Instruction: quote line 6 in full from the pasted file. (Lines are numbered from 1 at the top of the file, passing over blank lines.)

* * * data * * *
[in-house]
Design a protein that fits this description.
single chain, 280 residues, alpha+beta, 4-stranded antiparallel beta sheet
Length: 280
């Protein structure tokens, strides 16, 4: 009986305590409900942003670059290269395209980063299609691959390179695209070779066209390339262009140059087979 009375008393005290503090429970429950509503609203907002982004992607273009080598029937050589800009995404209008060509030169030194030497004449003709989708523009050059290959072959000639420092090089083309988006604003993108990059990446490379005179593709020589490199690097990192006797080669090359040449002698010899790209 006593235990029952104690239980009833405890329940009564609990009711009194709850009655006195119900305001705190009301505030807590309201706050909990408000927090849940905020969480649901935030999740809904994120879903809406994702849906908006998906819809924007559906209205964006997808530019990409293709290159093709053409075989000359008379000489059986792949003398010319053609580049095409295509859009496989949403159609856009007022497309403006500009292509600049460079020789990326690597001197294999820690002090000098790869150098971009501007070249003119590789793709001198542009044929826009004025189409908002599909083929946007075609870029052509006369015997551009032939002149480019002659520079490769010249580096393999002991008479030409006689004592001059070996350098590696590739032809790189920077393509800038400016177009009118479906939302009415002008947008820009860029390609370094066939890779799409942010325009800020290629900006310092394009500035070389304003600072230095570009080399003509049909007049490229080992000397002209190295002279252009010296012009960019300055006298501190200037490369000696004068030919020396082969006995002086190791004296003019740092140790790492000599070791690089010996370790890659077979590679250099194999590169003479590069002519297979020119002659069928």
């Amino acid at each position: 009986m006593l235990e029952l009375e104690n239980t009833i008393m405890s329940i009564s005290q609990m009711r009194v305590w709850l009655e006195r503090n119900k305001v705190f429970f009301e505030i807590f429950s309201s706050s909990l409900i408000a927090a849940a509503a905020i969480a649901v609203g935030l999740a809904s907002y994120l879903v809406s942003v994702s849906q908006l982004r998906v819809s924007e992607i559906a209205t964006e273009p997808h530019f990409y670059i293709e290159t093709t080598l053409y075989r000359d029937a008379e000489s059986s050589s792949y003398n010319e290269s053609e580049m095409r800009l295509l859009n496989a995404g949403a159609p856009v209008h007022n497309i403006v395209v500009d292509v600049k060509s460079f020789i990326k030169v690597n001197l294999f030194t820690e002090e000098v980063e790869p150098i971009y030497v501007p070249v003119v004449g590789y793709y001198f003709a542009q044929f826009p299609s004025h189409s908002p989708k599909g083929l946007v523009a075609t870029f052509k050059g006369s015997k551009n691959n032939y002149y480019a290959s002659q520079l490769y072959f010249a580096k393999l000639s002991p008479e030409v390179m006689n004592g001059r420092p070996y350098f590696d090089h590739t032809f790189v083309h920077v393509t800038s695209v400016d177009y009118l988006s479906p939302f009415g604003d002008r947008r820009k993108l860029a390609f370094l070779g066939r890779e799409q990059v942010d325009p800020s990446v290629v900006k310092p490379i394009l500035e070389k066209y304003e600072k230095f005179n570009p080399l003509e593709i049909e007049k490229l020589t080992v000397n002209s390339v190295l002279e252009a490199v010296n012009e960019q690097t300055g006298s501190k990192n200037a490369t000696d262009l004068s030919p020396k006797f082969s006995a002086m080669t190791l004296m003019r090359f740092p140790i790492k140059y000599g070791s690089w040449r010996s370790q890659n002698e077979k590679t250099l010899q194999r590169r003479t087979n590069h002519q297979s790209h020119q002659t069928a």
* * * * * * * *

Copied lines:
């Amino acid at each position: 009986m006593l235990e029952l009375e104690n239980t009833i008393m405890s329940i009564s005290q609990m009711r009194v305590w709850l009655e006195r503090n119900k305001v705190f429970f009301e505030i807590f429950s309201s706050s909990l409900i408000a927090a849940a509503a905020i969480a649901v609203g935030l999740a809904s907002y994120l879903v809406s942003v994702s849906q908006l982004r998906v819809s924007e992607i559906a209205t964006e273009p997808h530019f990409y670059i293709e290159t093709t080598l053409y075989r000359d029937a008379e000489s059986s050589s792949y003398n010319e290269s053609e580049m095409r800009l295509l859009n496989a995404g949403a159609p856009v209008h007022n497309i403006v395209v500009d292509v600049k060509s460079f020789i990326k030169v690597n001197l294999f030194t820690e002090e000098v980063e790869p150098i971009y030497v501007p070249v003119v004449g590789y793709y001198f003709a542009q044929f826009p299609s004025h189409s908002p989708k599909g083929l946007v523009a075609t870029f052509k050059g006369s015997k551009n691959n032939y002149y480019a290959s002659q520079l490769y072959f010249a580096k393999l000639s002991p008479e030409v390179m006689n004592g001059r420092p070996y350098f590696d090089h590739t032809f790189v083309h920077v393509t800038s695209v400016d177009y009118l988006s479906p939302f009415g604003d002008r947008r820009k993108l860029a390609f370094l070779g066939r890779e799409q990059v942010d325009p800020s990446v290629v900006k310092p490379i394009l500035e070389k066209y304003e600072k230095f005179n570009p080399l003509e593709i049909e007049k490229l020589t080992v000397n002209s390339v190295l002279e252009a490199v010296n012009e960019q690097t300055g006298s501190k990192n200037a490369t000696d262009l004068s030919p020396k006797f082969s006995a002086m080669t190791l004296m003019r090359f740092p140790i790492k140059y000599g070791s690089w040449r010996s370790q890659n002698e077979k590679t250099l010899q194999r590169r003479t087979n590069h002519q297979s790209h020119q002659t069928a």